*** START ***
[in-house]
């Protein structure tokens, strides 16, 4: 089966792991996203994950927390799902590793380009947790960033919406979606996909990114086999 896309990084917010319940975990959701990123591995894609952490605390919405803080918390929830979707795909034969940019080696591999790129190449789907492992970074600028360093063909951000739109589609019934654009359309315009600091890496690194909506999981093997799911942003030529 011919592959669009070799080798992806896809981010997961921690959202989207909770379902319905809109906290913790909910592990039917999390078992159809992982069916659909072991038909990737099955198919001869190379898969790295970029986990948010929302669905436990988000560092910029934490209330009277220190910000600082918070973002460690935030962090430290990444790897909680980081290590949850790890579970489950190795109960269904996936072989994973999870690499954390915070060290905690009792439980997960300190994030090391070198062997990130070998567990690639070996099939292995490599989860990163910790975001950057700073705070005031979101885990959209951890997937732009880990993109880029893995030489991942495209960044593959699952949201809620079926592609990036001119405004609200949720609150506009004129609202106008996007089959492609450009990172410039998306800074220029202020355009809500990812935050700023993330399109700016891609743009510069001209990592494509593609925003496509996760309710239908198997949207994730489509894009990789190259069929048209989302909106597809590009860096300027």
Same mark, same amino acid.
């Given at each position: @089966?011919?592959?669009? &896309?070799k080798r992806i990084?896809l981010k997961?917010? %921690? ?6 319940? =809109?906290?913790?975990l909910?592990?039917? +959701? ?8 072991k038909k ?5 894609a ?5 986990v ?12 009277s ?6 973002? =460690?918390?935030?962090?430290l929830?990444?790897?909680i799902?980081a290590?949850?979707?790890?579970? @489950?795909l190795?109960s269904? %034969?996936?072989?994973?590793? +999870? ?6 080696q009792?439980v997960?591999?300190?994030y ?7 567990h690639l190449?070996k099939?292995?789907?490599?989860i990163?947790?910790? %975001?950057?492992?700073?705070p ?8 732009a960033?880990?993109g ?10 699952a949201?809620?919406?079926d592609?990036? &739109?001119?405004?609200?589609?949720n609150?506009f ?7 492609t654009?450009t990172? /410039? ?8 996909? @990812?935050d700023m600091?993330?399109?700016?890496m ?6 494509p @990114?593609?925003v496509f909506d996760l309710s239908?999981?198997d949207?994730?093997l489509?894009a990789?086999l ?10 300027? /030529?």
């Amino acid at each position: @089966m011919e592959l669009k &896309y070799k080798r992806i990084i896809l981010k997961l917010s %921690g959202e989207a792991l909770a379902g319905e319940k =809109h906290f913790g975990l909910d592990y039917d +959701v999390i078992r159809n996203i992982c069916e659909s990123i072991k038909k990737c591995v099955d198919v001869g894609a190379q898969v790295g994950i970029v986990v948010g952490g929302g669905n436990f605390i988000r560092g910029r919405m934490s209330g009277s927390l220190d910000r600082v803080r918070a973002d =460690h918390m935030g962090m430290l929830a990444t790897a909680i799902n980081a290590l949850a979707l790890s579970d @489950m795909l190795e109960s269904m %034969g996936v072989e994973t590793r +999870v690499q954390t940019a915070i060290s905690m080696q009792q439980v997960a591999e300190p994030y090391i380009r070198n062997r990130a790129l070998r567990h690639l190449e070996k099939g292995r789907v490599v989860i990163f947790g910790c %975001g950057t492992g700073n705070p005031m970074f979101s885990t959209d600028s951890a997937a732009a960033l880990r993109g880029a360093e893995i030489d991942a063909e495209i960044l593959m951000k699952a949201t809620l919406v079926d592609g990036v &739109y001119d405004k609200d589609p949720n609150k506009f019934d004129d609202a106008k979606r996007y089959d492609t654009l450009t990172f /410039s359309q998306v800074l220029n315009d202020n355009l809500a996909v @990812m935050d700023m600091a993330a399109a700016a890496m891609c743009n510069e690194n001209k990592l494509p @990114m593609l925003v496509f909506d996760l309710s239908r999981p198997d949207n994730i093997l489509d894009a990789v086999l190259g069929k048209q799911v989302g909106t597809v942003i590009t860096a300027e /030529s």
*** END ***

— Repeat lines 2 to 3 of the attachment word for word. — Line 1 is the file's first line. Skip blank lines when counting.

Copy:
């Protein structure tokens, strides 16, 4: 089966792991996203994950927390799902590793380009947790960033919406979606996909990114086999 896309990084917010319940975990959701990123591995894609952490605390919405803080918390929830979707795909034969940019080696591999790129190449789907492992970074600028360093063909951000739109589609019934654009359309315009600091890496690194909506999981093997799911942003030529 011919592959669009070799080798992806896809981010997961921690959202989207909770379902319905809109906290913790909910592990039917999390078992159809992982069916659909072991038909990737099955198919001869190379898969790295970029986990948010929302669905436990988000560092910029934490209330009277220190910000600082918070973002460690935030962090430290990444790897909680980081290590949850790890579970489950190795109960269904996936072989994973999870690499954390915070060290905690009792439980997960300190994030090391070198062997990130070998567990690639070996099939292995490599989860990163910790975001950057700073705070005031979101885990959209951890997937732009880990993109880029893995030489991942495209960044593959699952949201809620079926592609990036001119405004609200949720609150506009004129609202106008996007089959492609450009990172410039998306800074220029202020355009809500990812935050700023993330399109700016891609743009510069001209990592494509593609925003496509996760309710239908198997949207994730489509894009990789190259069929048209989302909106597809590009860096300027």
Same mark, same amino acid.